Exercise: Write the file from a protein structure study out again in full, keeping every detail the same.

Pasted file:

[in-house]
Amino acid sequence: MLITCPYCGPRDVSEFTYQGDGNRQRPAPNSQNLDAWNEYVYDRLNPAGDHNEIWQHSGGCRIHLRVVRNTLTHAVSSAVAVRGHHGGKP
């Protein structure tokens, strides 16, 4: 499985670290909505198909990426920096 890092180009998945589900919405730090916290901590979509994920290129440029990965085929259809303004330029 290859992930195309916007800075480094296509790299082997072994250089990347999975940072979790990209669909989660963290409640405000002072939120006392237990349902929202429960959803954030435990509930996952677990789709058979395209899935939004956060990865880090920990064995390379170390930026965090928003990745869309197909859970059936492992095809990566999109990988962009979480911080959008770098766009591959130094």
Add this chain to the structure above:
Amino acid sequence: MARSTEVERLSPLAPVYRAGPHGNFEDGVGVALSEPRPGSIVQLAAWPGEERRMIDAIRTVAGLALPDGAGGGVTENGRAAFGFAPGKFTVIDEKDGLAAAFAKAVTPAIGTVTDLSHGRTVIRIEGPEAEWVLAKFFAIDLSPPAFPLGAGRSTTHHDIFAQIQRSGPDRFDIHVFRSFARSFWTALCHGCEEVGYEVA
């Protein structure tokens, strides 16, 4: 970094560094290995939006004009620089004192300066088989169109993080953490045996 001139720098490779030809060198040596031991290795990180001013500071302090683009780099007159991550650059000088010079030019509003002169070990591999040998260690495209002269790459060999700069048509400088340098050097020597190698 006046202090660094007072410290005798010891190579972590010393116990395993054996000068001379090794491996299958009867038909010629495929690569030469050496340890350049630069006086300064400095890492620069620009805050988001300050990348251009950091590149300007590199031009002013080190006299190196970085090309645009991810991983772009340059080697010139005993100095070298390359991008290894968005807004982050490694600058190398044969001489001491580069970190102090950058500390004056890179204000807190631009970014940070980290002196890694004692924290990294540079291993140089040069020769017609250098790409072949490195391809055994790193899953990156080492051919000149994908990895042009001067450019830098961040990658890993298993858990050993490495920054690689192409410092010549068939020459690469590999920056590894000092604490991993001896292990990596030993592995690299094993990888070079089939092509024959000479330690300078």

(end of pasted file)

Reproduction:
[in-house]
Amino acid sequence: MLITCPYCGPRDVSEFTYQGDGNRQRPAPNSQNLDAWNEYVYDRLNPAGDHNEIWQHSGGCRIHLRVVRNTLTHAVSSAVAVRGHHGGKP
């Protein structure tokens, strides 16, 4: 499985670290909505198909990426920096 890092180009998945589900919405730090916290901590979509994920290129440029990965085929259809303004330029 290859992930195309916007800075480094296509790299082997072994250089990347999975940072979790990209669909989660963290409640405000002072939120006392237990349902929202429960959803954030435990509930996952677990789709058979395209899935939004956060990865880090920990064995390379170390930026965090928003990745869309197909859970059936492992095809990566999109990988962009979480911080959008770098766009591959130094």
Add this chain to the structure above:
Amino acid sequence: MARSTEVERLSPLAPVYRAGPHGNFEDGVGVALSEPRPGSIVQLAAWPGEERRMIDAIRTVAGLALPDGAGGGVTENGRAAFGFAPGKFTVIDEKDGLAAAFAKAVTPAIGTVTDLSHGRTVIRIEGPEAEWVLAKFFAIDLSPPAFPLGAGRSTTHHDIFAQIQRSGPDRFDIHVFRSFARSFWTALCHGCEEVGYEVA
């Protein structure tokens, strides 16, 4: 970094560094290995939006004009620089004192300066088989169109993080953490045996 001139720098490779030809060198040596031991290795990180001013500071302090683009780099007159991550650059000088010079030019509003002169070990591999040998260690495209002269790459060999700069048509400088340098050097020597190698 006046202090660094007072410290005798010891190579972590010393116990395993054996000068001379090794491996299958009867038909010629495929690569030469050496340890350049630069006086300064400095890492620069620009805050988001300050990348251009950091590149300007590199031009002013080190006299190196970085090309645009991810991983772009340059080697010139005993100095070298390359991008290894968005807004982050490694600058190398044969001489001491580069970190102090950058500390004056890179204000807190631009970014940070980290002196890694004692924290990294540079291993140089040069020769017609250098790409072949490195391809055994790193899953990156080492051919000149994908990895042009001067450019830098961040990658890993298993858990050993490495920054690689192409410092010549068939020459690469590999920056590894000092604490991993001896292990990596030993592995690299094993990888070079089939092509024959000479330690300078």